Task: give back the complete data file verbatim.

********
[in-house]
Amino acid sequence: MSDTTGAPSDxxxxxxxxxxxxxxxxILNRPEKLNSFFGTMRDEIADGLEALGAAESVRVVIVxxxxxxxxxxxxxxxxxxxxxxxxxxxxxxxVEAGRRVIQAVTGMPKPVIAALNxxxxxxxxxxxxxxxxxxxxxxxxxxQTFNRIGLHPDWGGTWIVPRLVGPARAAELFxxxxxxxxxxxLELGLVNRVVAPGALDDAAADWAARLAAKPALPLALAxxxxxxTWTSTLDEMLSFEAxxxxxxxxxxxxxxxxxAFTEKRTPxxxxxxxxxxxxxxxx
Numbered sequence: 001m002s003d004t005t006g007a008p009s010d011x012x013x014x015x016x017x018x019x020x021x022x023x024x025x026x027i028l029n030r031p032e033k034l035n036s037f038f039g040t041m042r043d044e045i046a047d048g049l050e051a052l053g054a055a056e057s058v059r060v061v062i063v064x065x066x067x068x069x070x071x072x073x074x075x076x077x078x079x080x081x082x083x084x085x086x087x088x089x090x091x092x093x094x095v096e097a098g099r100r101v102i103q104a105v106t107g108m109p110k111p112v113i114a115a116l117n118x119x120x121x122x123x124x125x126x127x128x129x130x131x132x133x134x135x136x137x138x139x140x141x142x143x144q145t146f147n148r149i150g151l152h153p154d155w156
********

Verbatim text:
[in-house]
Amino acid sequence: MSDTTGAPSDxxxxxxxxxxxxxxxxILNRPEKLNSFFGTMRDEIADGLEALGAAESVRVVIVxxxxxxxxxxxxxxxxxxxxxxxxxxxxxxxVEAGRRVIQAVTGMPKPVIAALNxxxxxxxxxxxxxxxxxxxxxxxxxxQTFNRIGLHPDWGGTWIVPRLVGPARAAELFxxxxxxxxxxxLELGLVNRVVAPGALDDAAADWAARLAAKPALPLALAxxxxxxTWTSTLDEMLSFEAxxxxxxxxxxxxxxxxxAFTEKRTPxxxxxxxxxxxxxxxx
Numbered sequence: 001m002s003d004t005t006g007a008p009s010d011x012x013x014x015x016x017x018x019x020x021x022x023x024x025x026x027i028l029n030r031p032e033k034l035n036s037f038f039g040t041m042r043d044e045i046a047d048g049l050e051a052l053g054a055a056e057s058v059r060v061v062i063v064x065x066x067x068x069x070x071x072x073x074x075x076x077x078x079x080x081x082x083x084x085x086x087x088x089x090x091x092x093x094x095v096e097a098g099r100r101v102i103q104a105v106t107g108m109p110k111p112v113i114a115a116l117n118x119x120x121x122x123x124x125x126x127x128x129x130x131x132x133x134x135x136x137x138x139x140x141x142x143x144q145t146f147n148r149i150g151l152h153p154d155w156